a security clearance in her husband's administration.
Mr. Obama shot back with a similar ad and raised the issue again Saturday in Ohio.
"When you think about who you want answering that phone call at 3 in the morning, you might want to consider
who had the judgment not to be bulldozed into supporting a war that made us, I believe, less safe," he said.
He went further, arguing that by provoking and emboldening Iran, the war has been a strategic blunder –
a rebuttal to Sen. John McCain's stance that the war was justified but poorly executed.
"I just profoundly disagree," he said. "We've spent half a trillion dollars now to make Iran more powerful.
That's what we've done."
In Texas, Mrs. Clinton and Mr. Obama are in a dead heat in most polls, and she spent Saturday striking the
theme that she is ready to run the government and he is not.
"There's a big difference between speeches and solutions," she said in Fort Worth.
Earlier, Mrs. Clinton rejected Mr. Obama's suggestion that her campaign is resorting to fearmongering to try
to win votes.
"I don't think the people in Texas scare all that easily," she said.
She cited her experience of traveling to 80 countries during the Clinton administration and said it better
equips her to compete with Mr. McCain, a Vietnam War hero with long foreign-policy experience in the Senate.
"If Sen. Obama is unwilling to engage me on national security, how is he going to engage Sen. McCain?" she
In Providence, R.I., Mr. Obama framed his views as a test of political courage.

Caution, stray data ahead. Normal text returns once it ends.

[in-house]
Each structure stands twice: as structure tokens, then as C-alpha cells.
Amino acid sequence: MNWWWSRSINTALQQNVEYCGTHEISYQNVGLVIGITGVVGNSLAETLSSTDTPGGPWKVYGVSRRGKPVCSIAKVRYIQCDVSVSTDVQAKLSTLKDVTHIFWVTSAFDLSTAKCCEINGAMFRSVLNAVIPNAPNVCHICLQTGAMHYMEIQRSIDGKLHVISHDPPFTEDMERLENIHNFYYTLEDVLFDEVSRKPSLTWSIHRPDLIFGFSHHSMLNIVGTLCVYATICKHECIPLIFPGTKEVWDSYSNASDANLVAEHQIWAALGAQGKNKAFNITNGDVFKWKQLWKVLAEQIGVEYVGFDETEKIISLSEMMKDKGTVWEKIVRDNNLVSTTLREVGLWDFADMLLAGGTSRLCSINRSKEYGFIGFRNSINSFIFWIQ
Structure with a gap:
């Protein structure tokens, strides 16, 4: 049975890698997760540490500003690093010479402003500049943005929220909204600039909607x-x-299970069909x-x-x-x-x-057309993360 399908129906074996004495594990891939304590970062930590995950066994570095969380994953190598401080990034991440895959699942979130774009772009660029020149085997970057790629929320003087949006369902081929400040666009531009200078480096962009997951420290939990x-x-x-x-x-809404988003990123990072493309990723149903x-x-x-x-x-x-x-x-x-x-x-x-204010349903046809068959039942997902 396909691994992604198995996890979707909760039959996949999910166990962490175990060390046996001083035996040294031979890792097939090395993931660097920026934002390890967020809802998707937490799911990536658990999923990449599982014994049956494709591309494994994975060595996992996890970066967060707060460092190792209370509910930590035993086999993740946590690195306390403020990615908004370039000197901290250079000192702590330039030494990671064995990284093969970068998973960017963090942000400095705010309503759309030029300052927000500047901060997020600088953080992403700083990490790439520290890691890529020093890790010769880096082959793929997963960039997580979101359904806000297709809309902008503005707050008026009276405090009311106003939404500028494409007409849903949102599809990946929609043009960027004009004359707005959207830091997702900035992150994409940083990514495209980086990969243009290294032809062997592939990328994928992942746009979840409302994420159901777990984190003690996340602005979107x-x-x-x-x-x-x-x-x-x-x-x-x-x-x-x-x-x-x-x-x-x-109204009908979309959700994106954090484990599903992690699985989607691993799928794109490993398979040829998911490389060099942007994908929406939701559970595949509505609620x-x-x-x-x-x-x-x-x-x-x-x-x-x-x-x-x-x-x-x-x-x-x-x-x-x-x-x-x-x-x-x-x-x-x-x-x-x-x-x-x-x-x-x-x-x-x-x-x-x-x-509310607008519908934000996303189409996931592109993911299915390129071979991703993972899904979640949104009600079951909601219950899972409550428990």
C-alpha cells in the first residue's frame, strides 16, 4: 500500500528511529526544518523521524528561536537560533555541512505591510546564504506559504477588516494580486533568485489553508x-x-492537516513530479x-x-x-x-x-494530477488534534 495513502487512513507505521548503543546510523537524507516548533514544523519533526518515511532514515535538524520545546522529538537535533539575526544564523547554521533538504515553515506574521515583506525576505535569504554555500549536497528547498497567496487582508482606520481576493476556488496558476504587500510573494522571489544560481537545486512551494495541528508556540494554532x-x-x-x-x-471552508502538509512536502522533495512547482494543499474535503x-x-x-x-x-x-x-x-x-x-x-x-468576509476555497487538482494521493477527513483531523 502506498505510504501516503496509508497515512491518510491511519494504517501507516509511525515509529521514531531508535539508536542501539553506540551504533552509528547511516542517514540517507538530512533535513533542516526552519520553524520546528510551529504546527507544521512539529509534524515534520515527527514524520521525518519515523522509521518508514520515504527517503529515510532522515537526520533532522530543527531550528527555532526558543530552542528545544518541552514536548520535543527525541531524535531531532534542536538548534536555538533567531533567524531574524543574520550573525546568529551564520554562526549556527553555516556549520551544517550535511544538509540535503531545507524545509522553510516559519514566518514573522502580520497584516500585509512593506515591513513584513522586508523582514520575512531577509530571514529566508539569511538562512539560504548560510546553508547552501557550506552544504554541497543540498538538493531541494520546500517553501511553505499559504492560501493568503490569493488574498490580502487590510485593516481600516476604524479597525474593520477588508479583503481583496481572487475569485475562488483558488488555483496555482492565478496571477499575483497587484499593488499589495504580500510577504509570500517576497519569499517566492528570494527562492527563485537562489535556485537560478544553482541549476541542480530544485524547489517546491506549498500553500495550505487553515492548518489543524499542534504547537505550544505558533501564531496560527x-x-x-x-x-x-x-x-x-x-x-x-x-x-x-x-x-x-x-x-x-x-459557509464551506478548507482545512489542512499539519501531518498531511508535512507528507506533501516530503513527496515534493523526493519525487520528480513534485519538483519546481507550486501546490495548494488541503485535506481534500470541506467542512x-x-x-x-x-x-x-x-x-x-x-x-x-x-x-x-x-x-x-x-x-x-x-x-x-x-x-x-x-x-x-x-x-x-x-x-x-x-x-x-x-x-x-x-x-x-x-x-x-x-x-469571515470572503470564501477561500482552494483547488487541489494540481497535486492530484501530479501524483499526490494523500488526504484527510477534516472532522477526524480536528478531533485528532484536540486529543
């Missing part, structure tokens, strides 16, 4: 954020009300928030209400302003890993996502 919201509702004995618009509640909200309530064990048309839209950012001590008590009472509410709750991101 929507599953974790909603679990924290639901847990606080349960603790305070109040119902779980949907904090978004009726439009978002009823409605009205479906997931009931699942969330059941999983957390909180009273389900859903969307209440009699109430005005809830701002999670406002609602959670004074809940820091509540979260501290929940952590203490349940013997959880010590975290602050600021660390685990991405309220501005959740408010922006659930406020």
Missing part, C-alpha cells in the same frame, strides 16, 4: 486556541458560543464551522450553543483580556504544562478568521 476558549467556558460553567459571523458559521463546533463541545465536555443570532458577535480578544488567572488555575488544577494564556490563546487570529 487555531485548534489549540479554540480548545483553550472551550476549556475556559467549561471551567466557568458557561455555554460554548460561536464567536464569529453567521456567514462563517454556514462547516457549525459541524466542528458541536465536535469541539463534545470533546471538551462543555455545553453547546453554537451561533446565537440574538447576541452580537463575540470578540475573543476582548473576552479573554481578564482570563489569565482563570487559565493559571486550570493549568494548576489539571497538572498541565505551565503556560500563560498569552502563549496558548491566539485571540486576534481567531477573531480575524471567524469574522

"Real change isn't voting for George Bush's war in Iraq and then telling the American people it was actually
a vote for more diplomacy," Mr. Obama told a crowd. "The title of the bill was 'a resolution authorizing the use of the United
States armed forces against Iraq.' That sounds like you were voting for authorizing the use of armed forces against Iraq."
In the front row was former GOP Sen. Lincoln Chafee, who bucked his party by opposing the resolution. He has
given up his affiliation and endorsed Mr. Obama.
"I knew what it was. Lincoln Chafee knew what it was. It was a vote for war. ... He knew what the score was,"
Mr. Obama intoned, and the crowd gave a huge cheer.
•Barack Obama's team cites a jump in turnout among blacks in Dallas and Houston. And sizable increases
in some Republican-dominated counties suggest he may be pulling independents into the Democratic primary.
•Hillary Rodham Clinton's camp is buoyed by signs of a big early vote in heavily Hispanic South Texas,
and that almost 60 percent of the early voters were women.
From wire reports
SAN ANTONIO – Sen. Hillary Rodham Clinton unleashed some "girl power" Saturday, with endorsements from
a feisty feminist and desperate housewife. Gloria Steinem was an unannounced guest at a "You Go Girl" fundraiser here, while
the Clinton campaign announced that actresses Eva Longoria Parker, one of the stars of Desperate Housewives,
and Melanie Griffith will appear with her in Austin at a town-hall meeting to be broadcast statewide Monday night on Fox Sports